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The Battat Diplodocus (MS110) was released way back in 1995 as part of the first series. It was one of the nine dinosaur figures that the late Dan LoRusso sculpted for the line. Like all other figures in the collection, it was done at 1:40 scale. As I have mentioned in one of my other reviews, there is nothing more awe-inspiring that a rearing sauropod. And this is the figure that first began that trend among toy companies continues to this day. But none of these later releases come close to attaining the same majestic beauty that this toy has achieved.

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Standing close to 14 inches tall, this figure used to tower over all my sauropods until the arrival of PNSO’s Euhelopus. The sculpting is first class. It is truly a well-crafted and well-researched piece of art, a real testament to Dan’s talent as an artist. The figure is rich in details both big and small. The small head is nicely detailed and the peg-like teeth are individually sculpted. The mouth is slightly open, just enough to see those teeth. The eyes are painted yellow, and right above them on the tops of the head sit the nostrils. The neck is muscular as it should be. You can see loose skin on the underside of the neck being pulled down by gravity. You can also see the outline of the neck vertebrae, but nothing like the shrink-wrapped look that so many sauropod figures suffer from. There is a clear rise on the back where the neural spines are located.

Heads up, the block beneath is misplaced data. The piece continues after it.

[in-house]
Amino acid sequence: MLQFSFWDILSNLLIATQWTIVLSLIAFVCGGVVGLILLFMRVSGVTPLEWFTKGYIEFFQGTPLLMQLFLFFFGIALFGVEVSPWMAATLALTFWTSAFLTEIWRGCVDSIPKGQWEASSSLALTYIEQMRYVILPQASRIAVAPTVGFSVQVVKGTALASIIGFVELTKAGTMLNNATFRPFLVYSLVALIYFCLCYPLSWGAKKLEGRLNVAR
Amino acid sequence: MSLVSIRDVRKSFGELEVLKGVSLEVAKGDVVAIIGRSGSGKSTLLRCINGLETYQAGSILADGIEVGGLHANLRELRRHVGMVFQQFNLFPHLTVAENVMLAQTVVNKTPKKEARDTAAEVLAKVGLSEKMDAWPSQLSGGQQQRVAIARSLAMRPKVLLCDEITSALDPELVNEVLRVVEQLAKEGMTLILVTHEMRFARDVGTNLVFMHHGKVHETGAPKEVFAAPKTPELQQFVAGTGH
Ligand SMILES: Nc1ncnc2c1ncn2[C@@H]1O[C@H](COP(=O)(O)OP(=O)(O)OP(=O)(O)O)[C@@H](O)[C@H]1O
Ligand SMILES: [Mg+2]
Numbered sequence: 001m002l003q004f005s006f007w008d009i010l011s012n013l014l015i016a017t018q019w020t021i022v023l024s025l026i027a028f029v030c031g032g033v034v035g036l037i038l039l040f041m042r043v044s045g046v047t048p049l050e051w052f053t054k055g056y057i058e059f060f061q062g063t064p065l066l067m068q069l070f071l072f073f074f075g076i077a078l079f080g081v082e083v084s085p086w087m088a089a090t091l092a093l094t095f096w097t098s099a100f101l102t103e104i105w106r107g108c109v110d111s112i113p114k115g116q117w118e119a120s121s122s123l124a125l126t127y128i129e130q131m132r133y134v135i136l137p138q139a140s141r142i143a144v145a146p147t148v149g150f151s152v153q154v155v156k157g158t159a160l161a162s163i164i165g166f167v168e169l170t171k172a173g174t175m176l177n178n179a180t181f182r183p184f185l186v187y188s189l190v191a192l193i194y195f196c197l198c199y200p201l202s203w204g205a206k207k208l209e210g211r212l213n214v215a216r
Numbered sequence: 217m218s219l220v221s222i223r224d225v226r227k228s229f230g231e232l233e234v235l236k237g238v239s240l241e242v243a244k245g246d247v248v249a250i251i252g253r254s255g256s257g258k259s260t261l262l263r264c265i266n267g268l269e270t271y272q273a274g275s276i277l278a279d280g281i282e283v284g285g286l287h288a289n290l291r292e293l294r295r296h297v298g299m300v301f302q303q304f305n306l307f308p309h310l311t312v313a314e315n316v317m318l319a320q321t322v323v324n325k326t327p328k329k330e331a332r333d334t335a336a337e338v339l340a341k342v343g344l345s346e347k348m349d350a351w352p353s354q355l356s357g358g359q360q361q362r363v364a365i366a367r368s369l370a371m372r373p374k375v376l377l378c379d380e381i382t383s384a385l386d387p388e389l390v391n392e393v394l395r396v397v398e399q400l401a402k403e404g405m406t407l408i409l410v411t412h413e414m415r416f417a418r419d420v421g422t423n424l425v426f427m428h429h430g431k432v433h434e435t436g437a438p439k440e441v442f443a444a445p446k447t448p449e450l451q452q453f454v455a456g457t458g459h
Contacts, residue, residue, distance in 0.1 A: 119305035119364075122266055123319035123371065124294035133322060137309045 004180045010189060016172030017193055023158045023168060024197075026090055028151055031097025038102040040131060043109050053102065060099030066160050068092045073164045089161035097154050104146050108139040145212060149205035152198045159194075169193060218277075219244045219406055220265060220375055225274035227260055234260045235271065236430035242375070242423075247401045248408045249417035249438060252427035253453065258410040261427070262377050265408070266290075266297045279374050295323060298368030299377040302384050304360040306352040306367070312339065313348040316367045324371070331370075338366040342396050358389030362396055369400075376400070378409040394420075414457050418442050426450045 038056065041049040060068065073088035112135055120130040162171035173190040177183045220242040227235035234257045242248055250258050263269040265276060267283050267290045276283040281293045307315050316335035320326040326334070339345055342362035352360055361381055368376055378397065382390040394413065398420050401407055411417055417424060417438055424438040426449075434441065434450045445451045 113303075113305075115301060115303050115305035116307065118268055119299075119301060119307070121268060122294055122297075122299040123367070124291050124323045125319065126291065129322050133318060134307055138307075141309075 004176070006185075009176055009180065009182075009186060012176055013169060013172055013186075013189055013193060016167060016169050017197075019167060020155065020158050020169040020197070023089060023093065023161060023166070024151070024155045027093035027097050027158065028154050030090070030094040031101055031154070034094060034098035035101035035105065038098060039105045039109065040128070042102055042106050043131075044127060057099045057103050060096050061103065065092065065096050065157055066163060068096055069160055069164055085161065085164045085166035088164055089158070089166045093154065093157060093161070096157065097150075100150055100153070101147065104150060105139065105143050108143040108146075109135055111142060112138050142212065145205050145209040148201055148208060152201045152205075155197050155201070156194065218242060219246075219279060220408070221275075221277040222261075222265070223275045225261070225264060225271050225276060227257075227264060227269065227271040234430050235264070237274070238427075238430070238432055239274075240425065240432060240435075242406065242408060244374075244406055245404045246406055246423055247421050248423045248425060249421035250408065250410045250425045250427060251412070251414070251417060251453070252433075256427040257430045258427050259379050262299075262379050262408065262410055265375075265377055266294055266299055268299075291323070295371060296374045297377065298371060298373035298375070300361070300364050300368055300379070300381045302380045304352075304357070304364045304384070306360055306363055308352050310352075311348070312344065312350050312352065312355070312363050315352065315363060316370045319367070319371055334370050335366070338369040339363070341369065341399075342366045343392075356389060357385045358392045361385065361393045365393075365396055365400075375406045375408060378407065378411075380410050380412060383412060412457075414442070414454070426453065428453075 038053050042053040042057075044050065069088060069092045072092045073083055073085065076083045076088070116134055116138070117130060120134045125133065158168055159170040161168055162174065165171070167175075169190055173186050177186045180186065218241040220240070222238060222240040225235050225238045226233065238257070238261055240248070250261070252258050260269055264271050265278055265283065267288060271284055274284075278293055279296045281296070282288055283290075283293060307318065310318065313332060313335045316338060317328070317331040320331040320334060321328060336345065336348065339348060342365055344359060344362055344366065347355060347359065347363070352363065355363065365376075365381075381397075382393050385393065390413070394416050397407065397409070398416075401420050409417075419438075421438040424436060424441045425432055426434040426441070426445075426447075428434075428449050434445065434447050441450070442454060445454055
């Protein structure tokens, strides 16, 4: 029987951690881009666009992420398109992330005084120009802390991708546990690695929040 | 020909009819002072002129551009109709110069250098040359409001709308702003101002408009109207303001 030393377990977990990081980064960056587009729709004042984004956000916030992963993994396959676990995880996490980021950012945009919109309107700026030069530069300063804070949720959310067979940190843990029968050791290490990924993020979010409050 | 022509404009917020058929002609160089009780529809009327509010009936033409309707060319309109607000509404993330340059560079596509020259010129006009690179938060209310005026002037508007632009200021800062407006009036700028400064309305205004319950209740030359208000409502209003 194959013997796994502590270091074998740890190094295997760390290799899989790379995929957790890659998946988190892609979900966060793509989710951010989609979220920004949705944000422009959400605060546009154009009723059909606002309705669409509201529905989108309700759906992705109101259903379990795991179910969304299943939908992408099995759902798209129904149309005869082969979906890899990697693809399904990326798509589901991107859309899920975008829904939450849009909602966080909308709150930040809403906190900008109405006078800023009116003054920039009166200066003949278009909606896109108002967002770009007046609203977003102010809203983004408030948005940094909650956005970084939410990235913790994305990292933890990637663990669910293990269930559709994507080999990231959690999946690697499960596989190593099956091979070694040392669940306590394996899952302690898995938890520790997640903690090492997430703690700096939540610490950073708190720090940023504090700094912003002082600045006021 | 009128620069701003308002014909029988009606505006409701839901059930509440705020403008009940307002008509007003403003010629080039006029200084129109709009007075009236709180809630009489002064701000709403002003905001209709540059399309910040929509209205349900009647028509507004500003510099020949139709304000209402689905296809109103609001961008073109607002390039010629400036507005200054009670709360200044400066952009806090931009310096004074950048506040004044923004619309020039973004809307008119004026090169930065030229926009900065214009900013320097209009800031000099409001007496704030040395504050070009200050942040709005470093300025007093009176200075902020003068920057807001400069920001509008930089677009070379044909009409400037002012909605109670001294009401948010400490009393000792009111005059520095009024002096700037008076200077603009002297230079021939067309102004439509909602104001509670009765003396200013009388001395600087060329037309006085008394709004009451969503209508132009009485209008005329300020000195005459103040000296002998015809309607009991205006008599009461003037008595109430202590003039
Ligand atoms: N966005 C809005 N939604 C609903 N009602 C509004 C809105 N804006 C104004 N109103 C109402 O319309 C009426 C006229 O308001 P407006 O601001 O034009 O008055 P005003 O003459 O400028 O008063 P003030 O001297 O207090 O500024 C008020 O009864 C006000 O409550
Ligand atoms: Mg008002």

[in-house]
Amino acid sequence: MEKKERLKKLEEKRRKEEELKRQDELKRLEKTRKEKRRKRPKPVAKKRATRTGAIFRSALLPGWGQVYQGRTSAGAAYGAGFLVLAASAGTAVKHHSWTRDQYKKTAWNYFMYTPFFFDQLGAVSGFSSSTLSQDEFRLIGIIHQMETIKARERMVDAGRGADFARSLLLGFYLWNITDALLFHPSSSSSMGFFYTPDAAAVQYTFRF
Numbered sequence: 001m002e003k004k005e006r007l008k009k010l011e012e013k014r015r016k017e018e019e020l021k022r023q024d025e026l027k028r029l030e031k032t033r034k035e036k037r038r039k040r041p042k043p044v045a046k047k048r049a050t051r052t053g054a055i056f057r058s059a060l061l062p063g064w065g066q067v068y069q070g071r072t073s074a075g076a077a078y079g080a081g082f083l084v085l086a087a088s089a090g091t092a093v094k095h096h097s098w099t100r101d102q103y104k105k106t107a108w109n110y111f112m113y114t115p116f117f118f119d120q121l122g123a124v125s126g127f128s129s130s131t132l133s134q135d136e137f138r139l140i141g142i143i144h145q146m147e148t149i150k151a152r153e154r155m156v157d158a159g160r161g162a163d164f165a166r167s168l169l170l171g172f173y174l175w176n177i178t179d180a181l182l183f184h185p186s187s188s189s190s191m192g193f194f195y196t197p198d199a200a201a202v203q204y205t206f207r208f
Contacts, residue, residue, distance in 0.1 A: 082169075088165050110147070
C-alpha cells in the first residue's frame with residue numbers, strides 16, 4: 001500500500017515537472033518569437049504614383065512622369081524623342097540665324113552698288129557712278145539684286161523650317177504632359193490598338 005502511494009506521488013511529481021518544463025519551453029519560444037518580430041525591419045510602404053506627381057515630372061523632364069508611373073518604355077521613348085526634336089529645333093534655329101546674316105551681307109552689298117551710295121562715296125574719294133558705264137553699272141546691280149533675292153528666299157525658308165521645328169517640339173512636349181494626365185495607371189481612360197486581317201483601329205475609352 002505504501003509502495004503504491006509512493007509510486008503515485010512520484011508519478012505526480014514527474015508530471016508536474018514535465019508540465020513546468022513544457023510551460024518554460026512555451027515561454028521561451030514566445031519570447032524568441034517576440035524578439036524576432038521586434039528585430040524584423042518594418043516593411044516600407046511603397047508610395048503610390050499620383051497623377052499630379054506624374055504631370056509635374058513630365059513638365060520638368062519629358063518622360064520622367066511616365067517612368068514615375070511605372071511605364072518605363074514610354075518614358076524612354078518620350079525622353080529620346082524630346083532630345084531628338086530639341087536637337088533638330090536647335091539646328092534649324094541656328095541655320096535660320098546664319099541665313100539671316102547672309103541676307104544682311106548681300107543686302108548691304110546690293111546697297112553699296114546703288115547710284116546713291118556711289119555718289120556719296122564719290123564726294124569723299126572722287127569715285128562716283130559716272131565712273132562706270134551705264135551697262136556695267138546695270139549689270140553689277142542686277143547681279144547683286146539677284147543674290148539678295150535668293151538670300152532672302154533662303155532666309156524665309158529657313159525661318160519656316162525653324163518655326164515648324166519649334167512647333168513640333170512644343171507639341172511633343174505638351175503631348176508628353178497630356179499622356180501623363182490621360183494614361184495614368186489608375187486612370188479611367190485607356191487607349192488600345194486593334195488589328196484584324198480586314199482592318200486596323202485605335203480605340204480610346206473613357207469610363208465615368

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The skin is textured like an elephant’s. There are many skin folds up and down the body adding depth and definitions. Both the shoulder blades and hip bones are clearly visible on the figure. These help create the illusion of the animal straining to lift its huge body and weight off the ground. The rearing stance is relaxed, as if the giant is slowly browsing on some delicious treetop greens. The front legs are lifted as if trying to push a tree down or just supporting its weight on a tree trunk.